Monday, May 24, 2010

Medad on Cardozo, Rabbi Nathan Lopes Cardozo

I received a copy of an essay, "The Future and The Spirit of Halacha" on the subject of Unconventional thoughts in relation to Autonomous Religiosity, composed by Rabbi Dr. Marc D. Angel, Nathan Lopes Cardozo and published in Rabbi Marc Angel's Modern Orthodox Journal, “Conversations”, Issue 7, May 2010. It should appear here soon - I can't find a site with it yet.

Here is his main thrust:

I am confronted daily with countless young Jews who search for an authentic Jewish religious way of life, but are unable to find spiritual satisfaction in the prevalent halakhic system as practiced today in most Ultra or Modern-Orthodox communities. For many of them, typical halakhic life is not synonymous with genuine religiosity. They feel that halakha has become too monotonous, too standardized and too external for them to experience the presence of God on a day-to-day basis. Beyond “observance”, they look for holiness and meaning. Many of them feel there is too much formalism in the halakhic system, and not enough internal meaning; too much obedience and not enough room for the individualistic soul, or for religious spontaneity.

More and more sincere young people express these concerns, and many of them are deeply affected by their inability to live a conventional halakhic life. Since they sincerely long for the opportunity to experience halakha, I struggle to find a response to this acute growing predicament. The solution must simultaneously acknowledge that a genuine Jewish religious life cannot exist without being committed to the world of halakha. This existential tension greatly influenced the content of this paper. The following observations are therefore not written from the perspective of a halakhist, but from the perspective of a deeply concerned Jewish thinker, who wants young people to be authentically religious while living a halakhic life which is meaningful to them. The following suggests a new insight into the world of halakha and its practical application.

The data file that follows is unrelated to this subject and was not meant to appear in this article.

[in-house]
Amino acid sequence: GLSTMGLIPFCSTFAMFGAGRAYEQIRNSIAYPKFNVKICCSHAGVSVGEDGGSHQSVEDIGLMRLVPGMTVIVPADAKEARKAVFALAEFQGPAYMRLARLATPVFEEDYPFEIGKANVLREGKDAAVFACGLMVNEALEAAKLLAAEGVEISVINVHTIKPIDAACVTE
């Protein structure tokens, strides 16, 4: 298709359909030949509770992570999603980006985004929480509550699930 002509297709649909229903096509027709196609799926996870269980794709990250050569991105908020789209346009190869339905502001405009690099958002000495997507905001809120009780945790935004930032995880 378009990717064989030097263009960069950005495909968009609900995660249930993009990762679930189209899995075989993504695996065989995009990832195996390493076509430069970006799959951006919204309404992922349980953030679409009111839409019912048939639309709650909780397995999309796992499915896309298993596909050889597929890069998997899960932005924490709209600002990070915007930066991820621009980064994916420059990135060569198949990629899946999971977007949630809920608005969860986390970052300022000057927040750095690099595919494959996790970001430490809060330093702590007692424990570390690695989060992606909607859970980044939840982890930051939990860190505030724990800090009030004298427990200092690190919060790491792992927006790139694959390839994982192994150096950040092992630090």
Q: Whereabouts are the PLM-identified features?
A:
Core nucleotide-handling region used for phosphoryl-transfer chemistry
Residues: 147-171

And here is my first, short reaction:

I would like to address one aspect of Rabbi Marc Angel Nathan Lopes Cardozo's recent essay, "The Future and the Spirit of Halacha", published in Conversations, Issue 7, May 2010 which is subtitled "Unconventional thoughts in relations to Autonomous Religiosity. Although he does headline some of the crucial issues that motivated his writing on the subject that many share within the Orthodox camp, such as over-codification which embalms Jewish practice leaving little room for flexibility, the danger to the concept of "the quest for God must remain open-ended to enable the human spirit to find its way through trial and discovery" with no catechisms and that despite the need for conformity within the community, Judaism is an autonomous way of life and it is ultimately man is expected to respond as an individual to the Torah's demands, I do think he could have been much more specific is suggesting examples that could have been debated. Just this morning, in discussing Rabbinic attitudes, a friend and I noted that in Europe of 150 years ago and more, the Rav was much more an authority to himself and therefore, felt little collegial pressure. Sure there were Responsa and consultations, but within his district, the local Rav was basically supreme. And because of that, he was much more lenient than the Rabbonim of today who seem to be looking over their shoulders which results in the multiplication of incidents of chumrot.

As R. Nathan Lopes Cardozo writes, "codices lead to intellectual laziness". But this laziness endangers the true public square of the living Judaism. And while there is full sympathy for this introspection, the article could better have served its purpose with additional specifics situations and problems and their resolution.


ysh said...

The piece was not written by Rabbi Angel. It was written by Rabbi Nathan Lopes Cardozo. You can probably call him up to discuss since it's local :)

Jewish Ideas Daily said...

Coincidentally, Jewish Ideas Daily has just published an article by Aryeh Tepper on how the Siah yeshiva is trying to just that - inject spirituality in the religious life of its students.

The article can be read at